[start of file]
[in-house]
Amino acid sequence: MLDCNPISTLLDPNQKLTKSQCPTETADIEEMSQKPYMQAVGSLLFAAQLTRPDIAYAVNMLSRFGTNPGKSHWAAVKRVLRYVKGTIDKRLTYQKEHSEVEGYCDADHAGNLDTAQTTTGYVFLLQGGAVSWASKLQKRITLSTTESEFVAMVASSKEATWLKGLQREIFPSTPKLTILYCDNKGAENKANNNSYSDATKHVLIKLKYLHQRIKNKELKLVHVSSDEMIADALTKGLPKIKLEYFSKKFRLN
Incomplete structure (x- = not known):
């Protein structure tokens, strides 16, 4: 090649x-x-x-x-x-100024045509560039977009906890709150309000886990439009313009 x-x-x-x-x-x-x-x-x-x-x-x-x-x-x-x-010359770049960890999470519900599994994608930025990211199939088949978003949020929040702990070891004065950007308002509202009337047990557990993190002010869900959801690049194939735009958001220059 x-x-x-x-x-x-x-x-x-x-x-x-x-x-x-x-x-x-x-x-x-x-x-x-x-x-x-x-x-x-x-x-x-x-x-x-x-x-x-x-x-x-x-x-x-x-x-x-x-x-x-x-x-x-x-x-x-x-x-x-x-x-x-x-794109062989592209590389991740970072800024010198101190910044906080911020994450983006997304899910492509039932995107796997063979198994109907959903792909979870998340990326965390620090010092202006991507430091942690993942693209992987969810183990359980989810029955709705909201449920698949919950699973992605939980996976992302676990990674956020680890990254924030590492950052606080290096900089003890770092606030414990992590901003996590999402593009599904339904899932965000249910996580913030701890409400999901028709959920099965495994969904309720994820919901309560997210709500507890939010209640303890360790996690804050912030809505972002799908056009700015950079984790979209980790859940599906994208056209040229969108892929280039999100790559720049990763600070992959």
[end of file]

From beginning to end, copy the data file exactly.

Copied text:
[in-house]
Amino acid sequence: MLDCNPISTLLDPNQKLTKSQCPTETADIEEMSQKPYMQAVGSLLFAAQLTRPDIAYAVNMLSRFGTNPGKSHWAAVKRVLRYVKGTIDKRLTYQKEHSEVEGYCDADHAGNLDTAQTTTGYVFLLQGGAVSWASKLQKRITLSTTESEFVAMVASSKEATWLKGLQREIFPSTPKLTILYCDNKGAENKANNNSYSDATKHVLIKLKYLHQRIKNKELKLVHVSSDEMIADALTKGLPKIKLEYFSKKFRLN
Incomplete structure (x- = not known):
């Protein structure tokens, strides 16, 4: 090649x-x-x-x-x-100024045509560039977009906890709150309000886990439009313009 x-x-x-x-x-x-x-x-x-x-x-x-x-x-x-x-010359770049960890999470519900599994994608930025990211199939088949978003949020929040702990070891004065950007308002509202009337047990557990993190002010869900959801690049194939735009958001220059 x-x-x-x-x-x-x-x-x-x-x-x-x-x-x-x-x-x-x-x-x-x-x-x-x-x-x-x-x-x-x-x-x-x-x-x-x-x-x-x-x-x-x-x-x-x-x-x-x-x-x-x-x-x-x-x-x-x-x-x-x-x-x-x-794109062989592209590389991740970072800024010198101190910044906080911020994450983006997304899910492509039932995107796997063979198994109907959903792909979870998340990326965390620090010092202006991507430091942690993942693209992987969810183990359980989810029955709705909201449920698949919950699973992605939980996976992302676990990674956020680890990254924030590492950052606080290096900089003890770092606030414990992590901003996590999402593009599904339904899932965000249910996580913030701890409400999901028709959920099965495994969904309720994820919901309560997210709500507890939010209640303890360790996690804050912030809505972002799908056009700015950079984790979209980790859940599906994208056209040229969108892929280039999100790559720049990763600070992959």